Formidable Women – Rosalind Franklin (1920 – 1958)

rosalind Franklin
On the days preceding and ending with International Women’s Day, I intended to write about four formidable women from history, to remind people of the recognition they deserved but were often denied. However, I had scheduled a memorial service in the local church for the two women who had been dearest to me for March 8th. Subsequently, preoccupied with remembered loss and sorrow, I was unable to write anything on that very special day.

Now, I am Europe for a month to visit friends and relatives in Austria and Germany, perhaps for the last time. However, I must still tell you, to give her, her due, of my impressions of “The Dark Lady of DNA,” as she was titled by her biographer, Brenda Maddox.

Today, let us remember…

Rosalind Franklin (1920 – 1958)
Rosalind Elsie Franklin was born in London, England in 1920. She was an extremely intelligent child and knew by the age of 15 that she wanted to grow up to be a scientist. She was able to attend a high school which taught physics and chemistry to girls, then entered Cambridge University in 1938 to study chemistry. After she graduated, Franklin managed to obtain a research grant and worked for a year in a laboratory, later becoming an assistant research officer at the British Coal Utilization Research Association (CURA) until 1947.

During her years in Britain, Franklin grew to be a proficient researcher despite her many encounters with prejudice against women. Her next move, however, was most rewarding and came with the respect due. She moved to Paris to continue her research and there learned X-ray diffraction techniques at the Laboratoire Central des Services Chimiques de l‘Etat.

With her newfound knowledge, Franklin was offered a three-year research scholarship at King’s College in London to set-up and improve X-ray crystallography in 1951. She arrived while another researcher, Maurice Wilkins, who was already using X-ray crystallography in an attempt to solve the DNA problem at King’s College, was away. Upon his return, Wilkins assumed that Franklin had been hired to be his assistant. This erroneous assumption would deny Franklin any amicable cooperation from Wilkins for the rest of her life.

At the Cavendish Laboratory, Linus Pauling, an American chemist, was working on building molecular models of the structure of DNA. Pauling later cited several reason to explain how he had been misled about the structure, among his reasons, the lack of high-quality X-ray diffraction photographs. Meanwhile, Rosalind Franklin was busy creating some of the world’s best images. James Watson and Francis Crick took up Pauling’s research; Franklin’s results would become the key to their success.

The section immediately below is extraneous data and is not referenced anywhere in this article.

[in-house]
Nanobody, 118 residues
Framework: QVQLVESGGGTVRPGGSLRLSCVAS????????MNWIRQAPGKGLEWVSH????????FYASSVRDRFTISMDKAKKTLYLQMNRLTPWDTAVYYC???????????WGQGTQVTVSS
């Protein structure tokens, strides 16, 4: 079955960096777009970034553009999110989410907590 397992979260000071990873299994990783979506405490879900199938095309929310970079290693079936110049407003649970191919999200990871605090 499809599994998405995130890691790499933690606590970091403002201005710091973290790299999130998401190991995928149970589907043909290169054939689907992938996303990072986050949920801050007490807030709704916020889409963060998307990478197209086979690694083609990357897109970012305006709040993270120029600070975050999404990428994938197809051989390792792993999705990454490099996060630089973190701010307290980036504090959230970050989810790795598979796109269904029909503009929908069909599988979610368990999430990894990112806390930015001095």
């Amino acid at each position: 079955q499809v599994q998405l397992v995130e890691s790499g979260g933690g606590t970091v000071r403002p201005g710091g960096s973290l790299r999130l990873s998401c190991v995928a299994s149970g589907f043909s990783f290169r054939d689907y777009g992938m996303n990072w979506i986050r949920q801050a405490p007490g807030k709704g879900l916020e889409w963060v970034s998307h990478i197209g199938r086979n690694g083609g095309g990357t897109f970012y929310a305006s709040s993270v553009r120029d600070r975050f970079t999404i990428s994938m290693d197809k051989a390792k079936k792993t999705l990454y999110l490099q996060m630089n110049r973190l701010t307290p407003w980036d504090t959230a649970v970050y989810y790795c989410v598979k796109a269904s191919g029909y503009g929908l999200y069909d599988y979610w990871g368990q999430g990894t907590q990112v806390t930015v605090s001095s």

It came about when Wilkins, a friend of Crick’s, showed Franklin’s unpublished research file to Watson while she was on a lecture tour. This action turned out to be the unethical catalyst for the breakthrough which gave the Watson-Crick team the advantage to win the race and gain the credit for the discovery of the structure of DNA. Watson, the thief, had obtained Franklin’s ‘Photo 51’ which allowed him to succeed in building the first accurate model of the DNA molecule. Wilkins, the traitor, wanting credit, was named as collaborator. And Crick, the model carpenter, announced in a local pub that they had discovered the secrets of life and its system of reproduction.

Rosalind Franklin, sadly ignorant of the theft, was collegiality pleased that these predatory men had finally realized a breakthrough. They, of course, did not enlighten her as to her vital contribution. The confirmation of the success took some years, and during that time, Rosalind Franklin, due to radiation poisoning as a result of her work, died of cancer in 1958 at the age of 37.

In 1962, the Nobel Prize in Physiology or Medicine was awarded to James Watson, Francis Crick, and Maurice Wilkins for solving the molecular structure of DNA. The men kept silent about the crucial contribution a woman had provided them to win the reward.

James D. Watson, in his self-serving booklet published in 1968, “The Double Helix”, included a whimsical epilogue, finally giving some credit to Rosalind Franklin. He admitted: “…realizing years too late the struggle that the intelligent woman faces to be accepted by a scientific world which often regards women as mere diversions from serious thinking…” Too late, indeed. The Nobel committee, unfortunately, does not grant prizes posthumously.

So, let us celebrate Rosalind Elsie Franklin’s contributions to the scientific world today, in our hearts.

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